By Scott Prater
When Capt. Stan Maczek, 1st Space Operations Squadron, first heard a local school needed help judging its seventh grade science fair, he thought, “What a perfect opportunity to get Airmen connected with the community?”
Schriever Airmen apply science during their tasks nearly every day and many are subject matter experts on specific space systems and programs, so who better to evaluate the next generation of science professionals.
“I told the folks at 1 and 7 SOPS that I’ve done this type of thing at other bases before, and it’s an easy way to give back to the community,” Maczek said. “We ended up finding seven other 1 SOPS volunteers and another from the 7 SOPS to judge the Classical Academy Science Fair Feb. 15 so I think we represented Schriever well.”
Maczek expected the event to be on the smaller side, but when the group arrived at the school, they were greeted by hundreds of participants and judges in a massive setting.
“It was a very professional atmosphere,” Maczek said. “We saw volunteers from throughout the city, military people, community leaders and a whole lot of parents.”
Master Sgt. Chris Boyd, 1 SOPS, was one of the first Schriever Airmen to volunteer and said the event was expertly organized down to the minute. To start, volunteer judges were briefed on their specific duties and provided detailed guidelines for reviewing the fair’s science projects.
“We had about 15 minutes to look at each project and another 10 minutes to talk to the student who was presenting it,” Boyd said. “Then we went over every project and assigned a grade. That way, we were able to evaluate, mentor and provide on-the-spot feedback for the students in terms of their presentation.”
Event organizers broke the judges into fields of study, based on their expertise or desire. Maczek chose the behavioral sciences field and doesn’t regret his decision.
“One project I evaluated centered on learning and how different types of fonts affect memory,” he said.
The student showed test subjects a list of words to remember. However, the lists were printed in different fonts, such as cursive, bold or Times New Roman, for example. Subjects were then tested on how many words they remembered.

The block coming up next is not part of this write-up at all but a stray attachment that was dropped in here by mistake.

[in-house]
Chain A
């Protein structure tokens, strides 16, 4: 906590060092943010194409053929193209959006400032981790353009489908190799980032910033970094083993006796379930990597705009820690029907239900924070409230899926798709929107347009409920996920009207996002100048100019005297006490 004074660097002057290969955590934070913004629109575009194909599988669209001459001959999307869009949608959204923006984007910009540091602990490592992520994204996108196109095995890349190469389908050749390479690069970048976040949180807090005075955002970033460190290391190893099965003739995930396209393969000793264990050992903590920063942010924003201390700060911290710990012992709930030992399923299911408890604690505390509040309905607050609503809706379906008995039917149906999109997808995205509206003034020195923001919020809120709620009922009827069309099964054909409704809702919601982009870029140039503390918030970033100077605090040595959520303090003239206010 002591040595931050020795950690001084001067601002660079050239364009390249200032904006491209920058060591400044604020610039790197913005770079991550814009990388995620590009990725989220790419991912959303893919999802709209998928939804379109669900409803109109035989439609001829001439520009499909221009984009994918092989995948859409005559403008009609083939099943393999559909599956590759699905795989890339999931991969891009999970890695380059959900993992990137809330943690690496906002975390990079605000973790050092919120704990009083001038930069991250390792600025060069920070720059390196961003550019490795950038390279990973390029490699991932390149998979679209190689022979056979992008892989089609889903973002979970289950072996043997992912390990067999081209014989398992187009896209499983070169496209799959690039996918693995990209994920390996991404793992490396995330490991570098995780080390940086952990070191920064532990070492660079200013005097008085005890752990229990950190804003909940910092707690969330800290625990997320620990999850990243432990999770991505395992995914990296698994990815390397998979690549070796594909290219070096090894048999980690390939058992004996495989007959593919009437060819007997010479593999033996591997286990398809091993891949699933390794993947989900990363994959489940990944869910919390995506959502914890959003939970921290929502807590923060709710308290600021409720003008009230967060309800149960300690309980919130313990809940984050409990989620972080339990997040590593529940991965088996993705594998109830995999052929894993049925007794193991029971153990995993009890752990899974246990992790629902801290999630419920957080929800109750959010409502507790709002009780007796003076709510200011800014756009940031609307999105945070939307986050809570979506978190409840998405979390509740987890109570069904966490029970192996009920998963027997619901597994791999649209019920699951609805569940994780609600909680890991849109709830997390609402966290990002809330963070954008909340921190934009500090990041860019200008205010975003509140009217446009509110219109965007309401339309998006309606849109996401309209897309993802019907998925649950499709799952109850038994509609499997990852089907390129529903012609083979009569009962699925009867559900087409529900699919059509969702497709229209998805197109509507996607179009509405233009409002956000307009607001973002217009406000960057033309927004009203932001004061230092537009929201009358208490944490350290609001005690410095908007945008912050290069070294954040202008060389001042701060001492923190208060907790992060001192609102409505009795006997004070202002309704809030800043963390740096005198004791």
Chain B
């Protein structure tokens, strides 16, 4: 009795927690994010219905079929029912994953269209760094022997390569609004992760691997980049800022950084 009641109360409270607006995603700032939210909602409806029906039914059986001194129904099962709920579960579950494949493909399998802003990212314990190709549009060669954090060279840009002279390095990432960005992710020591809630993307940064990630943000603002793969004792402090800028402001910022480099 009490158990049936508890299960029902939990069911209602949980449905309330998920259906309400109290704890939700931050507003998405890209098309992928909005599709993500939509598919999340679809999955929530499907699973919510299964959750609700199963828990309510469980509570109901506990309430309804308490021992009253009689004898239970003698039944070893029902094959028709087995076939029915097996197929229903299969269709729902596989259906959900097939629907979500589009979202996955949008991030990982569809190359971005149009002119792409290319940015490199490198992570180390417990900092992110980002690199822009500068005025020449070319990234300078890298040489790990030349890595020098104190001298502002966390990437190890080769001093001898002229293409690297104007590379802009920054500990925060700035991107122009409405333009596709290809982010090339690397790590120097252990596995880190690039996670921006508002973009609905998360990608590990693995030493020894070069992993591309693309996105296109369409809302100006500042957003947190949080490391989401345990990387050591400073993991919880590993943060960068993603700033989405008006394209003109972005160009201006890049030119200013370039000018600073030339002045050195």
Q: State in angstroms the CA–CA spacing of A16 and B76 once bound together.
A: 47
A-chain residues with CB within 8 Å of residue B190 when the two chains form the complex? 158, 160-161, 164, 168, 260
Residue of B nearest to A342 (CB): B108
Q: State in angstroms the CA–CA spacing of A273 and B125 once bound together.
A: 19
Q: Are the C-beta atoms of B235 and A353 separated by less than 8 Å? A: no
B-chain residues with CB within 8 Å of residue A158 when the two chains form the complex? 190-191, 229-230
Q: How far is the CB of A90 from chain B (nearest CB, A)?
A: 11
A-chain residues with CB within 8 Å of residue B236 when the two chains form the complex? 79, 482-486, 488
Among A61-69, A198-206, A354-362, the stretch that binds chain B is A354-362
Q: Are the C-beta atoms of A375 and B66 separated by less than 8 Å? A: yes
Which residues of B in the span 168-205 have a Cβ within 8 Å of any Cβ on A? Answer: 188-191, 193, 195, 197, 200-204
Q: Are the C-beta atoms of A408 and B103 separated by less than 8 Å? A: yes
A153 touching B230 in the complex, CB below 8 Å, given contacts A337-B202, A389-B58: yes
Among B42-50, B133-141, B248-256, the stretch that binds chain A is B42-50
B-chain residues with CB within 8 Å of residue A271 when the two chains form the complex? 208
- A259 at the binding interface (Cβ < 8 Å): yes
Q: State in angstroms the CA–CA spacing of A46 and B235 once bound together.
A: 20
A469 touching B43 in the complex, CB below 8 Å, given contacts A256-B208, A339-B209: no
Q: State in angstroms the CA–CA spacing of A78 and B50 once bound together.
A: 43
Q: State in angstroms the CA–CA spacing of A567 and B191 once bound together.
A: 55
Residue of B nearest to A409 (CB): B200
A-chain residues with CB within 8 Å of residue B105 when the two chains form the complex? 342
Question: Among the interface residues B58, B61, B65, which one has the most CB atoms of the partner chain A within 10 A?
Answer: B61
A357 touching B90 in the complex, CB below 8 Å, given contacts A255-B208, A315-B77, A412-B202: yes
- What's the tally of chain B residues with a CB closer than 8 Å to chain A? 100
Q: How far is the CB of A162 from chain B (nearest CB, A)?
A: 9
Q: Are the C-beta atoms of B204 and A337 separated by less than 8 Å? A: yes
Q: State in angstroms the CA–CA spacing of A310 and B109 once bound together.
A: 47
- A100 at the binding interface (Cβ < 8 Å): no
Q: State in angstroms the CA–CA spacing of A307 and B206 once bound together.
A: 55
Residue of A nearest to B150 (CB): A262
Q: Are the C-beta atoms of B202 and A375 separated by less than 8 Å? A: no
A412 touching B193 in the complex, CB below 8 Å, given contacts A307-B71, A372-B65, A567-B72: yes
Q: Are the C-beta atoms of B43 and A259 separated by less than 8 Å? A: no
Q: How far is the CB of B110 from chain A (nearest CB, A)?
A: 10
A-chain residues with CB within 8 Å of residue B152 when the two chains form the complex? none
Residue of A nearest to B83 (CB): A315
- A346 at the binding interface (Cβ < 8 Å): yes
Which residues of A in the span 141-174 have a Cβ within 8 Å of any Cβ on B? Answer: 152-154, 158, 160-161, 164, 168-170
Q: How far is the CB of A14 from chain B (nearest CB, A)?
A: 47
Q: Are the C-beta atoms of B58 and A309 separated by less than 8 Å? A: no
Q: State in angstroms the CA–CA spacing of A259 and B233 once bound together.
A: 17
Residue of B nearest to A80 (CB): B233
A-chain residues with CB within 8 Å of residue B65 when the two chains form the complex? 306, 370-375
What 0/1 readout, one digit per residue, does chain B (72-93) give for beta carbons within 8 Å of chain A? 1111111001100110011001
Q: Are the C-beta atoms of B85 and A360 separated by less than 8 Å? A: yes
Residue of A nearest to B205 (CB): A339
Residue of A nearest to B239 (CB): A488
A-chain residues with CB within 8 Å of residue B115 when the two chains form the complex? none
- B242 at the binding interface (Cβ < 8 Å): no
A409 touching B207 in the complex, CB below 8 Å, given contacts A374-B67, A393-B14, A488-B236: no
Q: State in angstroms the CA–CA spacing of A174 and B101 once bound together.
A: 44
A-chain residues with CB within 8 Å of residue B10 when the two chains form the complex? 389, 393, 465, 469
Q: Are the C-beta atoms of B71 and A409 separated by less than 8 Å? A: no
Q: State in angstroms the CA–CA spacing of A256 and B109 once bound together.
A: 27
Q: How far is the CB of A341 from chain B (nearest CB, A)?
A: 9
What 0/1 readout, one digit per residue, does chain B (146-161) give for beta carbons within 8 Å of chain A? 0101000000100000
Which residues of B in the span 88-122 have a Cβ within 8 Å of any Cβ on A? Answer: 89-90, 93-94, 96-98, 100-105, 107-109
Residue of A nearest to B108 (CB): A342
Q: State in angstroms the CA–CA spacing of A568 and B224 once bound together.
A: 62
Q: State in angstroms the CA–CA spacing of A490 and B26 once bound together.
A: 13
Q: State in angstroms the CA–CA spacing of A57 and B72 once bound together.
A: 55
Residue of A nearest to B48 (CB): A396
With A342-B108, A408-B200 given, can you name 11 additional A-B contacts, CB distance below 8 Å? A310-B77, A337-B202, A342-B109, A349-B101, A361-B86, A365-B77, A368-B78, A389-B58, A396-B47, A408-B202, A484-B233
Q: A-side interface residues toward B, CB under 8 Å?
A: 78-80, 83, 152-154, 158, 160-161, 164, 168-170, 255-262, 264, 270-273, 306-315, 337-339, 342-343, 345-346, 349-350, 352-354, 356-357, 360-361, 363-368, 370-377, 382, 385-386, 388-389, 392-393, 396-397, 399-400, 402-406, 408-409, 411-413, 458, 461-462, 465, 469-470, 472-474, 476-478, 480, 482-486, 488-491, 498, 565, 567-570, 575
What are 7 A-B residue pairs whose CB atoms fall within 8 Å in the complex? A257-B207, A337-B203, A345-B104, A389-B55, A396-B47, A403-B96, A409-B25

“It was very interesting,” Maczek said. “One of the goals of the fair was to make sure students understood the scientific method clearly. We saw a lot of projects where students manipulated independent variables as a way to test dependent variables.”
His favorite project involved remote-controlled robots and gaming skills. As part of the project, test subjects used joysticks to remotely control a robot they could only see on a video screen. On command, the robot weaved thread through a series of pegs. The student tested people who played video games regularly and compared their performances against those who never or rarely played. As it turned out, the gamers didn’t fare any better than nongamers.”
Meanwhile, across the school’s gym, Boyd’s judging experience was quite different.
“I chose the chemistry field of study, expecting to see some outlandish projects,” he said. “But most were very safe. Nobody used dangerous chemicals, though we did get to see some interesting reactions involving colors and fabrics.”
The Schriever judges were surprised and impressed at how such a large event ran so smoothly and that the students seemed so professional in their delivery and attire.
Joining Boyd and Maczek were Capt. James Massey, 1st Lt. Jacqueline Gibson, Tech Sgt. Gaston Lara and Senior Airmen Scott Elger, Andrew Rensink and Jon Farill, all from 1 SOPS. Master Sgt. Juan Gutierrez of 7 SOPS participated as well. Those who anticipated a full day of activity got their wish. Following a busy morning of first-round evaluations, the judges gathered again in the afternoon to decide winners in each category.
“The event organizers formed us into a panel and we ranked projects from one to seven in our category,” Maczek said. “So, we really only knew who won the category we were judging. I think they pitted the category winners against each other for the overall win, but we haven’t found that out yet.”
Boyd was impressed with the entire experience.
“After we would evaluate a project, we sat down and filled out a form and that’s when students would walk up to us and shake our hands,” he said. “I think for most of the students we were indistinguishable from other military people there, but they thanked us for serving our country and it gave us more opportunity to talk with them. Ultimately, I think it was a great way to give something back to the community and promote a positive image of the Air Force.”
Science fair director Candus Muir thanked the Schriever volunteers and hopes to see many of them again for next year’s event.
“I am grateful that my students have the opportunity to interact with military members,” she said. “Those who serve our country with honor are role models for our young people.”